Step 2. Determine Glucose Goals

The second step in optimizing bolus insulin is to determine patient-specific glucose goals. Long-term glucose goals focus on A1C results. A1C represents a composite of glycemic control over the previous 2–3 months and is a product of fasting and daytime pre- and postprandial glucose levels. ADA recommends a target A1C of <7% for the majority of patients to reduce the risk of microvascular complications and long-term macrovascular disease if implemented soon after diagnosis (6). ADA also advocates individualizing therapy and glucose goals based on duration of diabetes and existing comorbidities.

Individualized glycemic targets will vary depending on individual patients’ goals, comorbidities, risk of hypoglycemia, duration of diabetes, and diabetes type. A more stringent A1C goal of <6.5% might be considered for those who can safely achieve it without significant hypoglycemia or other adverse events; a less aggressive A1C goal of <8.5% may be appropriate for older adults with poor health and a limited life expectancy.

Because A1C is a long-term average, achieving the A1C goal is accomplished by meeting daily glucose goals. ADA recommends a preprandial glucose goal of 80–130 mg/dL and a peak postprandial glucose of <180 mg/dL. Because fasting plasma glucose (FPG) is generally measured before breakfast, it is considered preprandial and has the same goal of 80–130 mg/dL. Again, glucose target ranges should be adjusted based on individual requirements.

Step 3. Optimize Basal Insulin

Because basal insulin is usually the initial insulin therapy for people with type 2 diabetes, optimizing this component of the insulin regimen should occur before adding bolus insulin. Basal insulin will lower glucose levels over a 24-hour period but has less effect on postprandial hyperglycemia. The goal of basal insulin therapy is to suppress the liver from releasing excess glucose, and it is titrated based on FPG. If FPG is at goal but A1C still is not, premeal bolus insulin should be considered (6).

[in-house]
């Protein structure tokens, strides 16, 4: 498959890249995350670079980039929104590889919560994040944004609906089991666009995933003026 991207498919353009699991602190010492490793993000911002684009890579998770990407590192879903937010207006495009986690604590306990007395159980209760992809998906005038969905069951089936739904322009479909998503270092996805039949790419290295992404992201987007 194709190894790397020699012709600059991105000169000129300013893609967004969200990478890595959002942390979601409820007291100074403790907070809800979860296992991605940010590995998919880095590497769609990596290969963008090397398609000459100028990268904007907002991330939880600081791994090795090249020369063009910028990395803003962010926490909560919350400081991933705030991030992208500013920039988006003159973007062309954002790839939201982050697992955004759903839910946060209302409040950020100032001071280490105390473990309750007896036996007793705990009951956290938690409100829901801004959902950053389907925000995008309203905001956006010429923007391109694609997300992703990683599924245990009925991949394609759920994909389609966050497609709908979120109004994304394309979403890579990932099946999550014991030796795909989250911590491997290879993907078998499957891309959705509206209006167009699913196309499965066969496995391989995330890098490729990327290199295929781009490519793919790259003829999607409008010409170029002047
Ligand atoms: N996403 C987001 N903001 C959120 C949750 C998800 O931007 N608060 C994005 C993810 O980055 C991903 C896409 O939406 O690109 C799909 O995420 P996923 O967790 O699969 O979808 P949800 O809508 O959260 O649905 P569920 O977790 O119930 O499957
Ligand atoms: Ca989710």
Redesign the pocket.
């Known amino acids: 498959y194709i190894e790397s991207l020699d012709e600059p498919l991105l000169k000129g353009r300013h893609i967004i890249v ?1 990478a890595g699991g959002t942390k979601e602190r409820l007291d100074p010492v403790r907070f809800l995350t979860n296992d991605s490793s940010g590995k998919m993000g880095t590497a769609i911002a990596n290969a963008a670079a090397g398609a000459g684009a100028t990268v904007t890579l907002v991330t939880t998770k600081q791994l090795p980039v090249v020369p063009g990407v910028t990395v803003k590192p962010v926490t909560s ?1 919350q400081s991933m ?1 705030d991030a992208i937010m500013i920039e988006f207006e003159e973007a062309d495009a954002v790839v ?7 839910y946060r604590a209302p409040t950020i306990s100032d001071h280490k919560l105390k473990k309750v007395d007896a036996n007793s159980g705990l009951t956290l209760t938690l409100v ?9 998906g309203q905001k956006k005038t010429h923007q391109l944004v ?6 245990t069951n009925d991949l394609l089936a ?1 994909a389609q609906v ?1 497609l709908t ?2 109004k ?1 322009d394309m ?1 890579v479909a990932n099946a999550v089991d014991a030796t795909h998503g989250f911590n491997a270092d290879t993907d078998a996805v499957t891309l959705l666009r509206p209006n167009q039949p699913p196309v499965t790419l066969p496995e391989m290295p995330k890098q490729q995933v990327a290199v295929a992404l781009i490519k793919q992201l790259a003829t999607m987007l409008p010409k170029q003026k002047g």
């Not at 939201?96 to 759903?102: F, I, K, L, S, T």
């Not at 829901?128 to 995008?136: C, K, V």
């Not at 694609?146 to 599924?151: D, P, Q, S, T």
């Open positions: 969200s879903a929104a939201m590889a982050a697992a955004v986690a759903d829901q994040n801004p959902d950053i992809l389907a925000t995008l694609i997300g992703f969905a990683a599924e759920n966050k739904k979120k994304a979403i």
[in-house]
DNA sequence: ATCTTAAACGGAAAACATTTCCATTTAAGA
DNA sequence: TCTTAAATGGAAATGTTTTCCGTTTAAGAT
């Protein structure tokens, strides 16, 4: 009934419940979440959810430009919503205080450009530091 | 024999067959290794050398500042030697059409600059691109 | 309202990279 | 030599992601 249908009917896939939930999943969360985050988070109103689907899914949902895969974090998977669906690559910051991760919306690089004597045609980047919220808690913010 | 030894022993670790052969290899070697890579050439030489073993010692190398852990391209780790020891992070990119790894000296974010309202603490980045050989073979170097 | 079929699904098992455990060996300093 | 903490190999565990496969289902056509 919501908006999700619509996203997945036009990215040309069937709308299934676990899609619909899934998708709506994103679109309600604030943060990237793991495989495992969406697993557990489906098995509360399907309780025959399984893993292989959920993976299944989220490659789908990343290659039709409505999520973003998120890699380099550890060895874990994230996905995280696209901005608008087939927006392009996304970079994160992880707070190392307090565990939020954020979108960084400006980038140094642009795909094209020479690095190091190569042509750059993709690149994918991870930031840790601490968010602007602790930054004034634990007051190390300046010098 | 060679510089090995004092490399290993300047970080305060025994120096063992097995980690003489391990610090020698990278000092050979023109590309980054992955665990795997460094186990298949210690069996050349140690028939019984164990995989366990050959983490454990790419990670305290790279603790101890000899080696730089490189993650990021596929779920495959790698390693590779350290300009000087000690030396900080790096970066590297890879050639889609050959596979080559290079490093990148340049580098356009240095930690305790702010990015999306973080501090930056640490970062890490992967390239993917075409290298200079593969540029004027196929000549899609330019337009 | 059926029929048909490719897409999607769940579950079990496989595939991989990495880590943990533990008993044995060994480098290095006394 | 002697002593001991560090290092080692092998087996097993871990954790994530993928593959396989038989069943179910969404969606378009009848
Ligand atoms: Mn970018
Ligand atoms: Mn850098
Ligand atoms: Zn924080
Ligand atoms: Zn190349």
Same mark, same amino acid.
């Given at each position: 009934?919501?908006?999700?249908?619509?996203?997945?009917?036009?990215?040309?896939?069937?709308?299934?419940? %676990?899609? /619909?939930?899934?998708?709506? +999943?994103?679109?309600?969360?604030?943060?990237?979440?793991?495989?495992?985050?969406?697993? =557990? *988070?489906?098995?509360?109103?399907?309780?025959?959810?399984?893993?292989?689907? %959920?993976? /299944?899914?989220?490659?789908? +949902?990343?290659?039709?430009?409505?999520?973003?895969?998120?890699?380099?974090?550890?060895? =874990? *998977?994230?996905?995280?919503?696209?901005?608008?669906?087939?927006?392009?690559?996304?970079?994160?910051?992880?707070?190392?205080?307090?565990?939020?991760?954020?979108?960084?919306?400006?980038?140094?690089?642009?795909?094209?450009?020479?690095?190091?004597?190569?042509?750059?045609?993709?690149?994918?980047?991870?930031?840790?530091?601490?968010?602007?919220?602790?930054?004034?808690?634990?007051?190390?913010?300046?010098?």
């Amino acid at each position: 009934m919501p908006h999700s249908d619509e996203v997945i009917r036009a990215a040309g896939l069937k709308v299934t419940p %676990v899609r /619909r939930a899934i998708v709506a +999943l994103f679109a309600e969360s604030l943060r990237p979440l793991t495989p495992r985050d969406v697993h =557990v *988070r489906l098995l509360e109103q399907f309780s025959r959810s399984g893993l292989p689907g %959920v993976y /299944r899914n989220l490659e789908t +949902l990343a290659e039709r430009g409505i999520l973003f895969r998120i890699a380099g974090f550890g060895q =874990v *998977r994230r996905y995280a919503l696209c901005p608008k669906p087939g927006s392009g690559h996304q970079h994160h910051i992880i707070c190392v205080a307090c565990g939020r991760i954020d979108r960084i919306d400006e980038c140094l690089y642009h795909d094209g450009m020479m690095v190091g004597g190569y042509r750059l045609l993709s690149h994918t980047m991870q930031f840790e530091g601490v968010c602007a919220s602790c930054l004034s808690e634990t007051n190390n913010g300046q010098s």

Often, providers continue to increase a patient’s total basal insulin dose instead of initiating bolus insulin with meals. “Overbasalization” occurs when the basal dose is increased, but glycemic targets are not achieved (7). One reason the A1C target in such cases is not reached with continued titration of basal insulin is, at an A1C of 7.3%, 70% of the glucose average is the result of postprandial hyperglycemia, whereas fasting hyperglycemia accounts for only 30% of the A1C (8). Thus, getting A1C to <7% for patients who are already on optimized basal insulin requires targeting postprandial hyperglycemia by instituting a bolus insulin optimization method.

Step 4. Choose an Optimization Method

Just as glucose goals are not “one size fits all,” neither are all bolus insulin optimization algorithms. Three methods described in recent medical literature include one recommended in the ADA’s Standards of Medical Care, another used in the AUTONOMY trial, and a third employed in the FullSTEP trial (Table 2) (6,9,10). Each method has a different initiation dose, titration process, blood glucose goal, and titration frequency schedule. Understanding each method, as well as patient-specific factors, will allow the team to choose the correct regimen for each patient. Using guidelines or clinical trial–based algorithms may increase the likelihood of success because these methods have been shown to be safe and effective.

ADA Method

The ADA approach, as discussed in the Standards of Medical Care in Diabetes—2017, offers options to initiate, titrate, and optimize bolus insulin (6). This regimen can be adjusted by care team members, or the team may develop a self-titration algorithm for patients. Because this algorithm provides different options, the team must decide which to use when developing the optimization plan. Bolus insulin is initiated before the largest meal of the day at 4 units, 0.1 units/kg, or 10% of the basal dose. The dose is increased by 1–2 units or 10–15% once or twice weekly until the SMBG target is reached. If the SMBG target is achieved and the A1C is still not at goal, a second injection may be added, followed by a third injection, if necessary.